Across the Philippines’ over 7000 islands, many rural communities are not connected to the electrical grid. Kerosene lamps are the chosen alternative; however, this fuel is highly flammable and acute and chronic exposure can cause skin irritation and damage to the central nervous system.
Kerosene is also difficult to obtain for those without access to transportation. “What the people do is, they walk for 12 hours just to buy a bottle of kerosene,” says Raphael. “And that’s good for two days.”
Aisa began considering ideas for a sustainable light source while working for Greenpeace Philippines, immersed with an indigenous tribe in the north. Water and salt are two basic items found in every household, and she was looking for a way to combine these ingredients as vital components in the light.
Working as a part-time engineering instructor at De La Salle University in Lipa, she began developing a prototype in the university lab. A local incubator, Ideaspace, prompted the next step: establishing the startup Sustainable Alternative Lighting, or SALt.
Eight Hours on a Glass of Water
The handheld lamp is powered for eight hours by a glass of water and two tablespoons of salt, or ocean water for those in coastal communities. It is modeled after a Galvanic cell battery, but with the electrolyte as a non-toxic, saline solution – saltwater – unlike most other designs.
When two different types of metal are submerged in the water, each reacts and gives up excess electrons to the seawater. The electrons travel to the opposite metal via a wire, creating an electrical current to power the LEDs. On the user end, one simply needs to pour water into the base of the light and flip the switch. It even has a USB port for charging small electronics like a smartphone.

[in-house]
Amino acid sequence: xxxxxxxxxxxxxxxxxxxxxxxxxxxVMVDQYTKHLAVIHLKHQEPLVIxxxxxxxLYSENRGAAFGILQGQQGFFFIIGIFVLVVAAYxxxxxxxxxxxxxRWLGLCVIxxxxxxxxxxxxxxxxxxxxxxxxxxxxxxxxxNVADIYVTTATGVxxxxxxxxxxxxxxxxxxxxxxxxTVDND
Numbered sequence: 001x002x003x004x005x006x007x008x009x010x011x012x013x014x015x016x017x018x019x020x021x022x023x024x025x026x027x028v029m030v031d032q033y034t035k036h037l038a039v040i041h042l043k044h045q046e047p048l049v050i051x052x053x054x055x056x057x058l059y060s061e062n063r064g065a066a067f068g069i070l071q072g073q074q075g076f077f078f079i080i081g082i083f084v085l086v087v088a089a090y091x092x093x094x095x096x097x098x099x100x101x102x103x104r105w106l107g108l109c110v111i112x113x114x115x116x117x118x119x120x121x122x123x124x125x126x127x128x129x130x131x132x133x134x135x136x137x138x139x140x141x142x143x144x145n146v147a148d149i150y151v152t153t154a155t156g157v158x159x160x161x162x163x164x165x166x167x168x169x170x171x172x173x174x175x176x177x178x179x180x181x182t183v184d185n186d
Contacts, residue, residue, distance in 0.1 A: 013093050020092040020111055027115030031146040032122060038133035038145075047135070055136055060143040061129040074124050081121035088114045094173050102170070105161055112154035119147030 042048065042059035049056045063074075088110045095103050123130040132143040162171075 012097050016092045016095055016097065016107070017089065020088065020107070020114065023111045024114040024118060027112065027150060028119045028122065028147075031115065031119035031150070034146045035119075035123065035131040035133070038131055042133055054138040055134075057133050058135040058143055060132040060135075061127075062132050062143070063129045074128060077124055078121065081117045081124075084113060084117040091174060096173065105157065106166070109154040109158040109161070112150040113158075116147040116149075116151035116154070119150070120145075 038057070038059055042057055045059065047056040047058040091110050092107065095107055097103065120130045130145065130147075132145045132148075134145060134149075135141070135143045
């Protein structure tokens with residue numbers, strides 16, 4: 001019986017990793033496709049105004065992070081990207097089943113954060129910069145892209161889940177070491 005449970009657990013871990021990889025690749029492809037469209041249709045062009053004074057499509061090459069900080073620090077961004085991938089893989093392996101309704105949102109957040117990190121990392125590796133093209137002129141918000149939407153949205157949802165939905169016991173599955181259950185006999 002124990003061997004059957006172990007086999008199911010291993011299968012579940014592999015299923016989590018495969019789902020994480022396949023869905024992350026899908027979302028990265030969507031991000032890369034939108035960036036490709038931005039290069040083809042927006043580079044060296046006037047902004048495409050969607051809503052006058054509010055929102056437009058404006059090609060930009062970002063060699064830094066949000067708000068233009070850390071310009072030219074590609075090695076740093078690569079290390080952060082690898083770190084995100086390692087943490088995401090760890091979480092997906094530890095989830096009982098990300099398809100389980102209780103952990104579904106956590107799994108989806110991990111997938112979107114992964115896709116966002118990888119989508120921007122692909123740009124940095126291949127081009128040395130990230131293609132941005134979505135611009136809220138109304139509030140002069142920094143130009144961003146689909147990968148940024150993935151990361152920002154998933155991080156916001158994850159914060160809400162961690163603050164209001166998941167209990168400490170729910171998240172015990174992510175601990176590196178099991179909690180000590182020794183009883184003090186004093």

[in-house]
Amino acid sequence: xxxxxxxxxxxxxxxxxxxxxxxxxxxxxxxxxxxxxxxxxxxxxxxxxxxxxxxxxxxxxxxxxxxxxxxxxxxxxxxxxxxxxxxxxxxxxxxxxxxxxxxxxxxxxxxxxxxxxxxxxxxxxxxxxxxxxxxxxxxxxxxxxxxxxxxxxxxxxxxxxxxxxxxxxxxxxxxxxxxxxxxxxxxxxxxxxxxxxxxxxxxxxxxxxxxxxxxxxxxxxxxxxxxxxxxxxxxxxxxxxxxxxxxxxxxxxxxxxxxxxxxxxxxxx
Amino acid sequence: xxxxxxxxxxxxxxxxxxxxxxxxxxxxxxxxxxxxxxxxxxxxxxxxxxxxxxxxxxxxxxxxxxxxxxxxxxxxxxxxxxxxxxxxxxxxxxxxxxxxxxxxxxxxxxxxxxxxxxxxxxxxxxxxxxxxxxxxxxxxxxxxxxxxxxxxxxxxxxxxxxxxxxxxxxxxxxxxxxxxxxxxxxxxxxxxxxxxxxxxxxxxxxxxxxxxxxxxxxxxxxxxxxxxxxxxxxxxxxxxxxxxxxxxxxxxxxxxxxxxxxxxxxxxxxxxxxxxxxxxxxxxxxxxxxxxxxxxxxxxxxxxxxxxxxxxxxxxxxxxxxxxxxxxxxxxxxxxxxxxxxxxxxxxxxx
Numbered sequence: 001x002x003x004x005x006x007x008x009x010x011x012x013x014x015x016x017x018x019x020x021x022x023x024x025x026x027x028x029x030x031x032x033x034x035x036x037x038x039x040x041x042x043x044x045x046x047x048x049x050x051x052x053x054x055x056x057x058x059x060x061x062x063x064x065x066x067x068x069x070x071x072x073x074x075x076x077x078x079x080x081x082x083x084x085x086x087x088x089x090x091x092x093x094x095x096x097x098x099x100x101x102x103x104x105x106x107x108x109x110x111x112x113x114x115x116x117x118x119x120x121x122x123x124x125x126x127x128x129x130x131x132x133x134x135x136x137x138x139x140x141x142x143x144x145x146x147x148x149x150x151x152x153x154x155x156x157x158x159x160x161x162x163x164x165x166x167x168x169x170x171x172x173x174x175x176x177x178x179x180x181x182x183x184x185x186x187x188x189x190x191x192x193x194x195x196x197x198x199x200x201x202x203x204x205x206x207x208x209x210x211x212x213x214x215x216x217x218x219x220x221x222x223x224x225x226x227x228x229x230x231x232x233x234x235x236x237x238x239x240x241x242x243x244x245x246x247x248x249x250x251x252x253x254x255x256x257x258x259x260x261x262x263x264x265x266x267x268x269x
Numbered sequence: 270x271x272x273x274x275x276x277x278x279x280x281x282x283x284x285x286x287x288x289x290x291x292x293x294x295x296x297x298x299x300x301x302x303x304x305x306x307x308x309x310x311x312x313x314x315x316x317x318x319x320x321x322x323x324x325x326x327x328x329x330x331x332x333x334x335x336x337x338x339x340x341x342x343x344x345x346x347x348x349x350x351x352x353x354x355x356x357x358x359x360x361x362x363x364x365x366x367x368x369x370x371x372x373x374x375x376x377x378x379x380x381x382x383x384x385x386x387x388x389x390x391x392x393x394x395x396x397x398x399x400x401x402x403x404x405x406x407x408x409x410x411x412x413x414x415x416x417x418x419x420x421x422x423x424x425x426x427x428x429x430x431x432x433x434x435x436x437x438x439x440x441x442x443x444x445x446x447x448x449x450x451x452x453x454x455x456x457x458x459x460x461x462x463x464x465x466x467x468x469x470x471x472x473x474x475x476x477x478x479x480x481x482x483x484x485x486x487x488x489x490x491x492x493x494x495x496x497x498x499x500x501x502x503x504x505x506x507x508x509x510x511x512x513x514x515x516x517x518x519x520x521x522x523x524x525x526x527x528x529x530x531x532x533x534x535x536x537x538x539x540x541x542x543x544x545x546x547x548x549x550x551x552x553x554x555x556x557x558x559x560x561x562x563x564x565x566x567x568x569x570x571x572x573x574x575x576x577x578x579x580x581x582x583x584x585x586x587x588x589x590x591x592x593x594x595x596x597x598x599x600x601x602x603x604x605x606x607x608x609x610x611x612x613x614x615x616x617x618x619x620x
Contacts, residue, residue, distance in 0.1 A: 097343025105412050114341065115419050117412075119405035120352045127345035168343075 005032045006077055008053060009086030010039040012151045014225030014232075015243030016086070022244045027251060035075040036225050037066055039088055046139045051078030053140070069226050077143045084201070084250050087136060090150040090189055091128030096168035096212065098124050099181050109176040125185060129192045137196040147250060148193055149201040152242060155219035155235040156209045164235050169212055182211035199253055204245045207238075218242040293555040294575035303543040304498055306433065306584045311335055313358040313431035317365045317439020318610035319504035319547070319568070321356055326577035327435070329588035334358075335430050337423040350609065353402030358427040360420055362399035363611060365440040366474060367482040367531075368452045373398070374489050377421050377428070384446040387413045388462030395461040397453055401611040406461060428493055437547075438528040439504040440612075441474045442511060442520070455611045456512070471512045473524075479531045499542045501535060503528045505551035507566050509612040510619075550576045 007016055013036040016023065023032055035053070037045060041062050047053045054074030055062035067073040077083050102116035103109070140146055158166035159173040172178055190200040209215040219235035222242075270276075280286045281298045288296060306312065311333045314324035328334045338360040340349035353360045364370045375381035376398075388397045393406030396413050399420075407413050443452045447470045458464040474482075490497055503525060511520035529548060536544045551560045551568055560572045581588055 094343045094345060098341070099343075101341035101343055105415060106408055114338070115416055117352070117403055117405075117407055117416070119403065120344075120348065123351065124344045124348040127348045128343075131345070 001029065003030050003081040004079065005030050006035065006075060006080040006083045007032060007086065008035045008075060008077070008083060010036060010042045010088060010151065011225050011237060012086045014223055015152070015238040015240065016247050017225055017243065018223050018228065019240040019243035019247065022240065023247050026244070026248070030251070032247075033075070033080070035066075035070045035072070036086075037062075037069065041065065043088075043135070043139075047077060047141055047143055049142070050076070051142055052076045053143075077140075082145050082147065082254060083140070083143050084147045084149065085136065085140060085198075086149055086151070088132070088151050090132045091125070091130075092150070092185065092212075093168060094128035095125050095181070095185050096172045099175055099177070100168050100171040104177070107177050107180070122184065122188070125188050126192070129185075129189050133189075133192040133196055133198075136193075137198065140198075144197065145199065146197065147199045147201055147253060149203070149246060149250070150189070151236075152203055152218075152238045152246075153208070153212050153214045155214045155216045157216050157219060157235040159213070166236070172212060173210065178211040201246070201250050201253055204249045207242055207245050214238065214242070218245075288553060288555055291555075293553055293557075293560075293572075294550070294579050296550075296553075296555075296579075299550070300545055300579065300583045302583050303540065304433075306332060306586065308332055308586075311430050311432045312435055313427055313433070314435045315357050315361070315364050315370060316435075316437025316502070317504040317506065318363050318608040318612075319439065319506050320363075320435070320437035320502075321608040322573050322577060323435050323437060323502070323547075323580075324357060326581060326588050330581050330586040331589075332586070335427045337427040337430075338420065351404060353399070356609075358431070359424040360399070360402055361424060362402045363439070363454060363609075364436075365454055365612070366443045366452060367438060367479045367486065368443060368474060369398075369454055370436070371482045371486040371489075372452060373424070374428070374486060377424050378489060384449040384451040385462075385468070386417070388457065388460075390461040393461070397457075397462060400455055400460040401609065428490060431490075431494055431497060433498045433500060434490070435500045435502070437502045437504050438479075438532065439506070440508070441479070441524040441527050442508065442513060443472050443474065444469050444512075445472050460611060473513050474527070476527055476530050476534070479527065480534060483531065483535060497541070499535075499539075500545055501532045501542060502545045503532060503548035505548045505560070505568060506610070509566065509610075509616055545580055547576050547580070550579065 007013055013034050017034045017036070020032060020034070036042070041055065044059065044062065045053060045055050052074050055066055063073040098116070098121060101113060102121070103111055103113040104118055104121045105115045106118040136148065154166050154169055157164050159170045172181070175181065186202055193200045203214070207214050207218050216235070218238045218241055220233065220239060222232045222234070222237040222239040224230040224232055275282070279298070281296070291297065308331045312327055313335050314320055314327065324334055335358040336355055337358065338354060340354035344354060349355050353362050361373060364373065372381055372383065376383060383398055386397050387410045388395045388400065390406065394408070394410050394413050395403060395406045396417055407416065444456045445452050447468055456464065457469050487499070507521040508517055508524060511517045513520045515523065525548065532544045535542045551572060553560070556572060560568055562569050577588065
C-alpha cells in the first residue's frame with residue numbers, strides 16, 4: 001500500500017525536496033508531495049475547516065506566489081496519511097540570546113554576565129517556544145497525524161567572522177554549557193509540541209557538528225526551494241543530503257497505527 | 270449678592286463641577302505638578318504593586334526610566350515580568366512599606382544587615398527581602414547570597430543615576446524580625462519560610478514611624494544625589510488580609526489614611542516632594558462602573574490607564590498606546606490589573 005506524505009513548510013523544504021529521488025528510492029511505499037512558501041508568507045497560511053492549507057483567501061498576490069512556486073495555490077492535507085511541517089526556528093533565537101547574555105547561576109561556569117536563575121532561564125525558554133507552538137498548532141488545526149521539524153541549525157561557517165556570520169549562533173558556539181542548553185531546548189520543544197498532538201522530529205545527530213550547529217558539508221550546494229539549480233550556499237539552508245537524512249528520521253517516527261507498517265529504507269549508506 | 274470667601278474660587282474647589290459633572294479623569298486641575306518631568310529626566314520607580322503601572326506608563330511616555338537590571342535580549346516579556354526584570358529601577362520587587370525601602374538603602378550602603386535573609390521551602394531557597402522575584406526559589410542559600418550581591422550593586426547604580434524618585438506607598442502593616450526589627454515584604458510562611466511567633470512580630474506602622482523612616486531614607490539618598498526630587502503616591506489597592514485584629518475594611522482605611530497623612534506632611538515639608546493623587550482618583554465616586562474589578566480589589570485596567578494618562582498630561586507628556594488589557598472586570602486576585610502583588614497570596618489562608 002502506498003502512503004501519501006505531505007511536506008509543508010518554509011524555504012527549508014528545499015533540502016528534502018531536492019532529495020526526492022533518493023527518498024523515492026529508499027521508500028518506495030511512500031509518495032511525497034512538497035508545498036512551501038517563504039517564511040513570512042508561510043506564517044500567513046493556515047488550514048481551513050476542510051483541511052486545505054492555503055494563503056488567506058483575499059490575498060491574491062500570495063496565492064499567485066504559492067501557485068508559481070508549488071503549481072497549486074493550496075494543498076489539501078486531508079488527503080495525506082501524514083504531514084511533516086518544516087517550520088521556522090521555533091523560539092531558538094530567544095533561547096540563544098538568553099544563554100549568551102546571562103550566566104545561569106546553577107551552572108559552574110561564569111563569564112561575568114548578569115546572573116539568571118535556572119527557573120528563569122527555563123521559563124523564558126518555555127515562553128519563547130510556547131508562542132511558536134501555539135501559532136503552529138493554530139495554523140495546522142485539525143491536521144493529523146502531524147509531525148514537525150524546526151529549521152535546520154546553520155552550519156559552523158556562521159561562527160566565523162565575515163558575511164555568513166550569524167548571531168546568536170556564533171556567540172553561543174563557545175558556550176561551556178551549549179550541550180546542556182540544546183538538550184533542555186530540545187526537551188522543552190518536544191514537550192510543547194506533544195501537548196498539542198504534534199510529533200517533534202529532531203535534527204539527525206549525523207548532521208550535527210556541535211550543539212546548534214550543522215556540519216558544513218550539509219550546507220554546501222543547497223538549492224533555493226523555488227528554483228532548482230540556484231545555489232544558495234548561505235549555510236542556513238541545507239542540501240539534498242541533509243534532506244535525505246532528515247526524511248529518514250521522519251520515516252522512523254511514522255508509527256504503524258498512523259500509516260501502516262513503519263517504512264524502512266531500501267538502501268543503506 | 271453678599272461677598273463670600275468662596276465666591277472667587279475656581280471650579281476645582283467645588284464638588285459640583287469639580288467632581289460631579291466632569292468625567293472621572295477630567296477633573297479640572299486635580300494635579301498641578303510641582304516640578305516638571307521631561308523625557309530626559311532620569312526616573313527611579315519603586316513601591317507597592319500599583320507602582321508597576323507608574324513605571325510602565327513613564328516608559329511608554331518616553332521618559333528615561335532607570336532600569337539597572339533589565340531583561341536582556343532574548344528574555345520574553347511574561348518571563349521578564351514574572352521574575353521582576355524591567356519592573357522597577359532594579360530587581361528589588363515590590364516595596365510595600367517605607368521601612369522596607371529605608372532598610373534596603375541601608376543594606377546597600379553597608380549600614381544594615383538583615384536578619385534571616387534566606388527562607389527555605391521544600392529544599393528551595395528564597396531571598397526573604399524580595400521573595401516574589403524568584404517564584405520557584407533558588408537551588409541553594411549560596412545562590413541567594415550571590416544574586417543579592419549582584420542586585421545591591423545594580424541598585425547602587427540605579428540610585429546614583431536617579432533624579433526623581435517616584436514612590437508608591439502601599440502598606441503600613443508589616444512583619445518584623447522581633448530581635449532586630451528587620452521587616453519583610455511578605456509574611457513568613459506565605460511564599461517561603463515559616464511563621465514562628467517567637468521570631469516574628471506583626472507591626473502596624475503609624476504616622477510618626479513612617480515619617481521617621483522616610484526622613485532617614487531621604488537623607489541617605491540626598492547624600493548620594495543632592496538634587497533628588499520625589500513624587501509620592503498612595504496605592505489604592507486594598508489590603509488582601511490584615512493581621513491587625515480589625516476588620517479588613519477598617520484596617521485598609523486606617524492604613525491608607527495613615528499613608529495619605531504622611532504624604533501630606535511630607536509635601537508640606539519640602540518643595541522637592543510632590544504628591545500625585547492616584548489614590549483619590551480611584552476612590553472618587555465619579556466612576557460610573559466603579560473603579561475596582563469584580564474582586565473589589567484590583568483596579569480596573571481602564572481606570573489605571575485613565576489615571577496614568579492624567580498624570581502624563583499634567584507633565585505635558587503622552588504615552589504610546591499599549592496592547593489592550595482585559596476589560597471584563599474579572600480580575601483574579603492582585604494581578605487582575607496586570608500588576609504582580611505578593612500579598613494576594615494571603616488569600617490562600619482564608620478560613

Prices are currently unavailable, but SALt ensures the retail cost will be at an affordable level (though current estimates range from 20-30 USD, a high amount for low income families). Beyond initial costs, the metal anode will require replacing every six months if the lamp is used eight hours a day, or every year if used as an alternative light source. SALt states that the lamp and its components will be more cost-effective than kerosene or battery-powered lamps, as the fuel is free. At this point, SALt has released limited hard data on the light output, manufacturing targets, cost or charging specifics.
Scaling to Meet Demand
However, with several awards to their credit, the project is well on their way, especially considering their product has not yet been put into mass production. “We’re looking to get the final prototype out before the year ends,” says Raphael.  Production is in the early stages, and the launch will be confined to the Philippines as they test and improve the beta version.
As they scale their business to meet demand, their business aim is to produce for partner organizations – non-profits, foundations and local governments who will purchase and distribute the lamps – and hand-picked communities, with lamps provided by retail sales, premised on TOMS’ One for One model. Three communities, with 770 families, have already been chosen: the Hanunuo Mangyan Tribe, the Barangay Gabi families and the Buscalan Tribe.
The potential for the SALt lamps extends far beyond the Philippines. According to the International Energy Agency (IAE), 1.3 billion people live without electricity. Not included in this statistic are all those who face regular blackouts, or the natural and man-made disasters that necessitate emergency lighting. The SALt lamp has the potential to be life-changing for rural communities, allowing productivity to increase into the evening and proving a safer alternative to light their homes. To learn more, visit their website, Twitter or Facebook.